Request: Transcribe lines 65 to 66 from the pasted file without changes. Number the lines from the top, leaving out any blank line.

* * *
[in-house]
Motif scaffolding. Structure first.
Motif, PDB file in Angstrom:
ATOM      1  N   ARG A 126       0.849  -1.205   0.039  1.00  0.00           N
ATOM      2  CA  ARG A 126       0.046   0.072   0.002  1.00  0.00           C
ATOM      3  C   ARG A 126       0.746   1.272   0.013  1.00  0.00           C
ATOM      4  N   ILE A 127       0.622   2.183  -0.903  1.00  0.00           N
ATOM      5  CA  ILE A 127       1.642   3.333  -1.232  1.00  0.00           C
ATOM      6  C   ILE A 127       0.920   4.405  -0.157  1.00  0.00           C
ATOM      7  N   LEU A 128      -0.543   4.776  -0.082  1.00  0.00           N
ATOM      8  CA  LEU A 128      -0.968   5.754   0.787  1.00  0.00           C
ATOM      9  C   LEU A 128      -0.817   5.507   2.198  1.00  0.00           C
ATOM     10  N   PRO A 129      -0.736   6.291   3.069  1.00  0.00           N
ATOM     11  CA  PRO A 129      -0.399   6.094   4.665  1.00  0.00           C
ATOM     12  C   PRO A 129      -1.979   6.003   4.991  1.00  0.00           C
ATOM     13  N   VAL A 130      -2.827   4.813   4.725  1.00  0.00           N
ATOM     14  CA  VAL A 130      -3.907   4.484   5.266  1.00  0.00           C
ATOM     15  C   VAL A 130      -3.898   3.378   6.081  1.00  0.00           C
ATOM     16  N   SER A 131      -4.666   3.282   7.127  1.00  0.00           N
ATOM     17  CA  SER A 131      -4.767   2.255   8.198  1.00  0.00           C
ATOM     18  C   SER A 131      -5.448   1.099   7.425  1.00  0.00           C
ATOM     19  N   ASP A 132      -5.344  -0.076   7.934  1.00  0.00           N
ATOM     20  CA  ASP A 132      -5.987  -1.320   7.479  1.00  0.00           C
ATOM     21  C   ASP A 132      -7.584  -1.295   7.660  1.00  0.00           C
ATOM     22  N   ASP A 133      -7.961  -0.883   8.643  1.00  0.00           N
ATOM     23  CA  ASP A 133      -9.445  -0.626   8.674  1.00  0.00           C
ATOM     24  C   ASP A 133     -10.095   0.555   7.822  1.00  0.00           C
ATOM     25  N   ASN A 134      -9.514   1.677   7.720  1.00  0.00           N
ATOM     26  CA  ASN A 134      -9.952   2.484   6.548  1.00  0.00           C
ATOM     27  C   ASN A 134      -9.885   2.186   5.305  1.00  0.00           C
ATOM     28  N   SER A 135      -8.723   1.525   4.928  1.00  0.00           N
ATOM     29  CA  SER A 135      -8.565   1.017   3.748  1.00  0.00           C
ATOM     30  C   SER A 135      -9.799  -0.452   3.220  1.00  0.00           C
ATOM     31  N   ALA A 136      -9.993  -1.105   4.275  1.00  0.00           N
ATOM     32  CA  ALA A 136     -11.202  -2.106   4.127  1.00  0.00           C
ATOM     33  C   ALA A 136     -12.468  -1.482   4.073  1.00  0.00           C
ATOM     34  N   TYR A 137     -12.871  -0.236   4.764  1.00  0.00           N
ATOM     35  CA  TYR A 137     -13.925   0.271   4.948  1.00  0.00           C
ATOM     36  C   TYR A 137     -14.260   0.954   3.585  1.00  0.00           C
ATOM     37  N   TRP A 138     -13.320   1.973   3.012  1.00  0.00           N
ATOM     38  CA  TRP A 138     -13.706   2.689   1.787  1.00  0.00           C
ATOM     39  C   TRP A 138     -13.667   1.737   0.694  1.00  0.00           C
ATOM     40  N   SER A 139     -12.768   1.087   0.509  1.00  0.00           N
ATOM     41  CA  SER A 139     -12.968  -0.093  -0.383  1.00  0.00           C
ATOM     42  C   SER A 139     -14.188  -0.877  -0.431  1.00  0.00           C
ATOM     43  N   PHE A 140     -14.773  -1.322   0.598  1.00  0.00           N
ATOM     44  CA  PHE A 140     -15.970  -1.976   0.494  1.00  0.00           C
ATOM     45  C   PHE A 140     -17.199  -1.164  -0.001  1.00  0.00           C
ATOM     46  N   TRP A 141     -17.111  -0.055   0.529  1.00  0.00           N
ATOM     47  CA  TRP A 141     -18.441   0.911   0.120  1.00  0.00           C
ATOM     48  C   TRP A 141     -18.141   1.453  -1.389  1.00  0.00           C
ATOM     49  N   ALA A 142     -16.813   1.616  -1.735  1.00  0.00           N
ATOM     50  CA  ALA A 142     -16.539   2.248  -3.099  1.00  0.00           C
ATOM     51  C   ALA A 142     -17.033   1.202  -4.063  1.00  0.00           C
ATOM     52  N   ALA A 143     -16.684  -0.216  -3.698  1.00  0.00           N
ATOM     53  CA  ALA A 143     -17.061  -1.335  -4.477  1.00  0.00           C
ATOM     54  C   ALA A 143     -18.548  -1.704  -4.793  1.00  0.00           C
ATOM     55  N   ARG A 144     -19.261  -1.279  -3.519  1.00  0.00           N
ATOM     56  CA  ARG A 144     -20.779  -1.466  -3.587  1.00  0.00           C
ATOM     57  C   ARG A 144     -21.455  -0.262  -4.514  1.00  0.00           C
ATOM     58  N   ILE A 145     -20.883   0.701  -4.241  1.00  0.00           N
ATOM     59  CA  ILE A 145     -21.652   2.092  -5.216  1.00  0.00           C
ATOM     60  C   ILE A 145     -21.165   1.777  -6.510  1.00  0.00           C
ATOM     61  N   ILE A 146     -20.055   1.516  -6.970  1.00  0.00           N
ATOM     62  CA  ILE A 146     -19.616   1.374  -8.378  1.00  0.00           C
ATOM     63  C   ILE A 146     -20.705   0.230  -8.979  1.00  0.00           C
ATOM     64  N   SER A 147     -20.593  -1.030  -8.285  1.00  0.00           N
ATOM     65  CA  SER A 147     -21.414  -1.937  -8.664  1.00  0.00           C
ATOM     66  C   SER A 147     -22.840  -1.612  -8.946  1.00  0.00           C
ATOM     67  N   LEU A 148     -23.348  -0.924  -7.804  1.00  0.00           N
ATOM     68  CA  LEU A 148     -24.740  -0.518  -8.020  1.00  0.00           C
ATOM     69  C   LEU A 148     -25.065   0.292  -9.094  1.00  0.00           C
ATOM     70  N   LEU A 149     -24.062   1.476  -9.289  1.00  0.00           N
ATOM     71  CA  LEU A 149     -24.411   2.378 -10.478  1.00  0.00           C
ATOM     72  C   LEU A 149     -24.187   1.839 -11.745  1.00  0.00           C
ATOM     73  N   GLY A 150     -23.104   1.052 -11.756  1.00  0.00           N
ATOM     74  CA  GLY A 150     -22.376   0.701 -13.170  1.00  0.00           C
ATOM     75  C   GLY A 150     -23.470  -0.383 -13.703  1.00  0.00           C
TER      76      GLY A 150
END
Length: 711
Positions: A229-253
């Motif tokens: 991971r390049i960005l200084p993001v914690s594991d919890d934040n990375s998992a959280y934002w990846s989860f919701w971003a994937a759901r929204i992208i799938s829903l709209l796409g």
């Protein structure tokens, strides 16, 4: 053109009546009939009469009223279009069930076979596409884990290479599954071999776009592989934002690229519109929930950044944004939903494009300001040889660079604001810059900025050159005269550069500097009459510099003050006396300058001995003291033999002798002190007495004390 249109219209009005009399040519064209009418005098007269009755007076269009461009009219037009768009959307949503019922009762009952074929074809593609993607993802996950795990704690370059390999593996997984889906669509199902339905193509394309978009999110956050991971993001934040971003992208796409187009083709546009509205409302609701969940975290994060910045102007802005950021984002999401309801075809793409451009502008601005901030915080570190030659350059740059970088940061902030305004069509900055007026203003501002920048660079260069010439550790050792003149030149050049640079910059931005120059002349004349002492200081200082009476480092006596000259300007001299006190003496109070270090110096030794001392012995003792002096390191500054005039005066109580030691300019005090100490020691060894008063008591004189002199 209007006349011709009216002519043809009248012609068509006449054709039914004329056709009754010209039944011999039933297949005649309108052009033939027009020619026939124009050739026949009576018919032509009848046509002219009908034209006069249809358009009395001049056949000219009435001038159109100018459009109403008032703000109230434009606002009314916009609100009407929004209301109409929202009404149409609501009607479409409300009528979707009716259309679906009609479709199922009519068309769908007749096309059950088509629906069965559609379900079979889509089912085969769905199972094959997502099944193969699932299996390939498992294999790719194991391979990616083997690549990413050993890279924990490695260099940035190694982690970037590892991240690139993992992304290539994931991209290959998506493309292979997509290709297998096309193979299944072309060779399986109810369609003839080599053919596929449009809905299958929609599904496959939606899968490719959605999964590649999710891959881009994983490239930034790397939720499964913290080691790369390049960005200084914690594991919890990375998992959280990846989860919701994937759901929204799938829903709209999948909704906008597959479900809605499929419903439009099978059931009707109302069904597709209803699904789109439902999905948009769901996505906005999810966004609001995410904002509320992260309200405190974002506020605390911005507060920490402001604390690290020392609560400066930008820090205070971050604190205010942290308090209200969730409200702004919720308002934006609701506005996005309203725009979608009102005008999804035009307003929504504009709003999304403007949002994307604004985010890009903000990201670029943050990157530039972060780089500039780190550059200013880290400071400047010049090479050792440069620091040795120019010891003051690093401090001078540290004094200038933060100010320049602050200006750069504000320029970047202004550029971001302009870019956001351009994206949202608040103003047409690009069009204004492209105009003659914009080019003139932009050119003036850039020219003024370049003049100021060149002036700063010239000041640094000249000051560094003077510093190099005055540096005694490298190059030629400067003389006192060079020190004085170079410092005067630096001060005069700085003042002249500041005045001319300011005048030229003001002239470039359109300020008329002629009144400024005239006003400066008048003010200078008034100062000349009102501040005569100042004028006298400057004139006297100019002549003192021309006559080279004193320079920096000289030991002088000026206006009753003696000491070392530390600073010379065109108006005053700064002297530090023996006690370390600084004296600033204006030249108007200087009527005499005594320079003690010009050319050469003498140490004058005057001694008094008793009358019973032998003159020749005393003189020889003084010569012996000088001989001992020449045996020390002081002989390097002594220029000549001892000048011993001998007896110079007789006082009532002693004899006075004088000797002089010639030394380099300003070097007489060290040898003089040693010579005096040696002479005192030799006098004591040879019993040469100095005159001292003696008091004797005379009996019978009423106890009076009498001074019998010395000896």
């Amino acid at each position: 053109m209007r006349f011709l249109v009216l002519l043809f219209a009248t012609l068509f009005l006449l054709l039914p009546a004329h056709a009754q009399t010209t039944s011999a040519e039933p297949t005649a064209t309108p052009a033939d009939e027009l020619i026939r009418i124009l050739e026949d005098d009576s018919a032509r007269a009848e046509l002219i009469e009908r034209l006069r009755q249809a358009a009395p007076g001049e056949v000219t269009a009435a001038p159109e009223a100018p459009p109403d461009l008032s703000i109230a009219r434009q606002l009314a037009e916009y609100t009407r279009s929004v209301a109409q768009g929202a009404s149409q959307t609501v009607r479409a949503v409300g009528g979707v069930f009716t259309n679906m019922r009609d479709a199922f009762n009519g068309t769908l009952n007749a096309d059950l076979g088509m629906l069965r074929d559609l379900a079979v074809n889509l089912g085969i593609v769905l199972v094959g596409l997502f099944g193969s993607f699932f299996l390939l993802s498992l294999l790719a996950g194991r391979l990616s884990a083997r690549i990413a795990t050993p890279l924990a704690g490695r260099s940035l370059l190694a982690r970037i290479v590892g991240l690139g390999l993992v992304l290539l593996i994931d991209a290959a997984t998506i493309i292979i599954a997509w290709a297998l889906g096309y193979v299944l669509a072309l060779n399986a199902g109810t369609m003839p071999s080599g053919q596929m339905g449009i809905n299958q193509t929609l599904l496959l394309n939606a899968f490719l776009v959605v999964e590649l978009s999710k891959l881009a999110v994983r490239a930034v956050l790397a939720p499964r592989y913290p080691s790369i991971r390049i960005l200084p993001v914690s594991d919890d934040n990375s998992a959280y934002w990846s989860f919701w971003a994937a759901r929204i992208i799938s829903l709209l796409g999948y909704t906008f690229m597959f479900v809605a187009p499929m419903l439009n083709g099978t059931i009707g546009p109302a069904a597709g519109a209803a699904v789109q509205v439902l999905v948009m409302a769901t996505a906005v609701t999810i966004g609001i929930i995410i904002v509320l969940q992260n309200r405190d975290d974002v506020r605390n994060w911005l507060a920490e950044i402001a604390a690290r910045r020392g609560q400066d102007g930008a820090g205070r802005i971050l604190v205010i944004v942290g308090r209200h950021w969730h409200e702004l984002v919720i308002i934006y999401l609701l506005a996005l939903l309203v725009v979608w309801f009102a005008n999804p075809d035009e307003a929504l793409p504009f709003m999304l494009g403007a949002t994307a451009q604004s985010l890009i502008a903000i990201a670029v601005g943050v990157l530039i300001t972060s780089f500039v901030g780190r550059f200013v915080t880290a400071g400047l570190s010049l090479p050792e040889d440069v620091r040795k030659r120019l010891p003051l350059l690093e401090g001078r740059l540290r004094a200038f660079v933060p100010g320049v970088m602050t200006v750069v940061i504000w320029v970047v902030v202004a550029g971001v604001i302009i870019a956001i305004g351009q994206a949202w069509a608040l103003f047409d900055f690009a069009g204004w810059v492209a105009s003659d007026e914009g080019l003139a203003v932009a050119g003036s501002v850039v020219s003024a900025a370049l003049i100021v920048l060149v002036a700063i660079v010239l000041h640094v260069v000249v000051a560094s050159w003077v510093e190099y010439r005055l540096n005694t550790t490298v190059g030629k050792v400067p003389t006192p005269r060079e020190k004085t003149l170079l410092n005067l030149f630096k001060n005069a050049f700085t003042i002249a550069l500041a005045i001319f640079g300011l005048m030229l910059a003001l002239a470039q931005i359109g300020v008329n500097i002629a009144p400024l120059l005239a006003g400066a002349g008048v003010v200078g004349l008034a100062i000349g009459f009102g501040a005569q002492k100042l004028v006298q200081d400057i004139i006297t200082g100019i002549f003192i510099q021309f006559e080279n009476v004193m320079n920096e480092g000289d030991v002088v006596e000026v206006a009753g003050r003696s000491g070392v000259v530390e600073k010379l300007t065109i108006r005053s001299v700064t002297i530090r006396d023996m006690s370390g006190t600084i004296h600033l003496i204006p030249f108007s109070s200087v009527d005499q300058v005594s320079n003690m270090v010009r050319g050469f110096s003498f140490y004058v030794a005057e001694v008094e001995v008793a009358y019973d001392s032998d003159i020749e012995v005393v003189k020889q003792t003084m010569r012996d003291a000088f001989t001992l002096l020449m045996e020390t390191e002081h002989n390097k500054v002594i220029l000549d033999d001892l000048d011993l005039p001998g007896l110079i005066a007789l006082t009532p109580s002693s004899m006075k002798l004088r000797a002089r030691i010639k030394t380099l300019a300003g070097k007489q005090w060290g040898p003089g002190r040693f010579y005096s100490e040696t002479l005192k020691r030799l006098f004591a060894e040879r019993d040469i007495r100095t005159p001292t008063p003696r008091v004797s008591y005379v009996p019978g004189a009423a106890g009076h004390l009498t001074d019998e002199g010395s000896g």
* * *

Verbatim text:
ATOM     62  CA  ILE A 146     -19.616   1.374  -8.378  1.00  0.00           C
ATOM     63  C   ILE A 146     -20.705   0.230  -8.979  1.00  0.00           C